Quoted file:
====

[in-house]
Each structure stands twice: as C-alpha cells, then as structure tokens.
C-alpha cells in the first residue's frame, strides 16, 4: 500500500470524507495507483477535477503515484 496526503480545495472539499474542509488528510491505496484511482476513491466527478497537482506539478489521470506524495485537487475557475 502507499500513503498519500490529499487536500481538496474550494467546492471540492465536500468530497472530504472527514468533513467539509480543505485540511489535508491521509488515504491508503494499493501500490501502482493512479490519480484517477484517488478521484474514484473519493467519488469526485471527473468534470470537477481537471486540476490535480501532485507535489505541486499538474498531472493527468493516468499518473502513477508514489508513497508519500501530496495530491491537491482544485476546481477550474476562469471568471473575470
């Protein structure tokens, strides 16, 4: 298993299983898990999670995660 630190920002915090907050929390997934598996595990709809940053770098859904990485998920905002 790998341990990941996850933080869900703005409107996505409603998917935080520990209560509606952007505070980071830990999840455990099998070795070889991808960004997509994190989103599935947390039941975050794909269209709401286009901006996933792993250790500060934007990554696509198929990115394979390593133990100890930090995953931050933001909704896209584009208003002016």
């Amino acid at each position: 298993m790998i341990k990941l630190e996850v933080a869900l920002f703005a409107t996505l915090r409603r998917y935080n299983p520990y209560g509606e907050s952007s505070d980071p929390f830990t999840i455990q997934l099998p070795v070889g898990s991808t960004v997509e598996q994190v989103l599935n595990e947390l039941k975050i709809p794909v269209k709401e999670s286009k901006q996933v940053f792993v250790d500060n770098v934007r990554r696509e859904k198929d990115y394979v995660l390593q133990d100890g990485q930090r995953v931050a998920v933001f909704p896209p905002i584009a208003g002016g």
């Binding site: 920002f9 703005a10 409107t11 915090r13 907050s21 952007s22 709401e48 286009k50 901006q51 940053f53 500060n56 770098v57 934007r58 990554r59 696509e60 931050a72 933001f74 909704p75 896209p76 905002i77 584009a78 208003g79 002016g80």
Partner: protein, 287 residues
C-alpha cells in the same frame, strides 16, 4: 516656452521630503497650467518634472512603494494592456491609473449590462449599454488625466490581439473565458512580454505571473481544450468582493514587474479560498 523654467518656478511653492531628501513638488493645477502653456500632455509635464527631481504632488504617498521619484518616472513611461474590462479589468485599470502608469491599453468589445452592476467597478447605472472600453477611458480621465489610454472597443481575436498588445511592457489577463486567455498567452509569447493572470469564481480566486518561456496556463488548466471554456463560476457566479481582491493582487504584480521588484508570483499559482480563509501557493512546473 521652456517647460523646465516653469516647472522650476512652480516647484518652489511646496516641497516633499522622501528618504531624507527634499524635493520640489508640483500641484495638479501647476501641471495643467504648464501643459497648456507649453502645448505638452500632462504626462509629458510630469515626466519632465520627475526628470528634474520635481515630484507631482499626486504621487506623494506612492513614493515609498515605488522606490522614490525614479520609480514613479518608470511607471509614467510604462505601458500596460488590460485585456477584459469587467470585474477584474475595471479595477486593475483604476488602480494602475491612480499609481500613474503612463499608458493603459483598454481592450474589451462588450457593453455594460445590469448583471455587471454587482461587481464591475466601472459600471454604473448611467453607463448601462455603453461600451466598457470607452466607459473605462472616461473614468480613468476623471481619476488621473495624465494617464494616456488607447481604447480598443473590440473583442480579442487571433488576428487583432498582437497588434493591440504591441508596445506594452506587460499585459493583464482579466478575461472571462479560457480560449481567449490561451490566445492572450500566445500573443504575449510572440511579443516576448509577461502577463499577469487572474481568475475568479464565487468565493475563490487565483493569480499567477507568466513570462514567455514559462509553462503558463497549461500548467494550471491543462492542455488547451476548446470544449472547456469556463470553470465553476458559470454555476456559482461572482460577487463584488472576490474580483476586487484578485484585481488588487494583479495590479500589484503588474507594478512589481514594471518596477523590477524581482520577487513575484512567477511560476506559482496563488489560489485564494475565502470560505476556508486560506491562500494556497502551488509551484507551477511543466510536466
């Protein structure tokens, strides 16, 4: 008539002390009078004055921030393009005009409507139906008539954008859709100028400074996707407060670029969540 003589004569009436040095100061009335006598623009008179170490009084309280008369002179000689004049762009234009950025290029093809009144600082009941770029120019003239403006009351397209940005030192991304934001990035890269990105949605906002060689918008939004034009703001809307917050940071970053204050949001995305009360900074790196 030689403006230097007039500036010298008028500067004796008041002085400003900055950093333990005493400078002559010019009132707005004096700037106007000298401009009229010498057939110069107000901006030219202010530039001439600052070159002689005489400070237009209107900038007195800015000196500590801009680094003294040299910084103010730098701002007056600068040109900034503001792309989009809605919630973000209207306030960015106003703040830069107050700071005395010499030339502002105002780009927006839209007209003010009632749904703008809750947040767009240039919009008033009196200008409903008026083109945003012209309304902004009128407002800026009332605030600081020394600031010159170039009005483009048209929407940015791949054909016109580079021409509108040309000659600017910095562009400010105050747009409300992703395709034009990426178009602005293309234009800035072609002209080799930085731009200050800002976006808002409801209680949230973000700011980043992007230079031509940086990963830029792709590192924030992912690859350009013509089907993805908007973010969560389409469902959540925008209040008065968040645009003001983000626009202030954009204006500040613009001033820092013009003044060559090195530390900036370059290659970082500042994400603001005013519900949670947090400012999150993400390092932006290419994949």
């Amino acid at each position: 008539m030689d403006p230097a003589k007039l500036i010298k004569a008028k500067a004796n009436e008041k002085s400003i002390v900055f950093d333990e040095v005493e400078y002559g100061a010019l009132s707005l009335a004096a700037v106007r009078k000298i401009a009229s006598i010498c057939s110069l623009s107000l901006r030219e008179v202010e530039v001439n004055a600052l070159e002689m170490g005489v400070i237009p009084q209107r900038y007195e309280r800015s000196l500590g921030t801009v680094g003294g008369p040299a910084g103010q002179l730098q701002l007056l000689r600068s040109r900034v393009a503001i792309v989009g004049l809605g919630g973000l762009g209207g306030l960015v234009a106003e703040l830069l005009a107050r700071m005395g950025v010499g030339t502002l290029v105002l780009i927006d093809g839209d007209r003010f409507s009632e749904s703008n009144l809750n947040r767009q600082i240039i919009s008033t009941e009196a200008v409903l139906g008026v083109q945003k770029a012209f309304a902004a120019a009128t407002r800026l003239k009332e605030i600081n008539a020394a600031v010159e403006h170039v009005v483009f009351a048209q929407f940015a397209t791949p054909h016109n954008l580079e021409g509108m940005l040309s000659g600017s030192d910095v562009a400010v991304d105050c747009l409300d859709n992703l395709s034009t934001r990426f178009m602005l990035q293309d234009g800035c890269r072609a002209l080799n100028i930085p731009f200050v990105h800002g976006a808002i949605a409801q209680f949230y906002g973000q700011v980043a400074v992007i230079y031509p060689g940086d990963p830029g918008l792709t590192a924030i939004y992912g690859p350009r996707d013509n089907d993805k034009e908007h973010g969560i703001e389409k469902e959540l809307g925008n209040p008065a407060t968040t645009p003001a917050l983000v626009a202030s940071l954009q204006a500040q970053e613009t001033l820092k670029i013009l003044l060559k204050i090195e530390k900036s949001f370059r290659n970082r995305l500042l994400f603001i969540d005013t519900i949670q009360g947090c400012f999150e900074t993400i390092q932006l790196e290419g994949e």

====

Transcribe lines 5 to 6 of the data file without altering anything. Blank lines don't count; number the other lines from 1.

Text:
């Amino acid at each position: 298993m790998i341990k990941l630190e996850v933080a869900l920002f703005a409107t996505l915090r409603r998917y935080n299983p520990y209560g509606e907050s952007s505070d980071p929390f830990t999840i455990q997934l099998p070795v070889g898990s991808t960004v997509e598996q994190v989103l599935n595990e947390l039941k975050i709809p794909v269209k709401e999670s286009k901006q996933v940053f792993v250790d500060n770098v934007r990554r696509e859904k198929d990115y394979v995660l390593q133990d100890g990485q930090r995953v931050a998920v933001f909704p896209p905002i584009a208003g002016g």
């Binding site: 920002f9 703005a10 409107t11 915090r13 907050s21 952007s22 709401e48 286009k50 901006q51 940053f53 500060n56 770098v57 934007r58 990554r59 696509e60 931050a72 933001f74 909704p75 896209p76 905002i77 584009a78 208003g79 002016g80």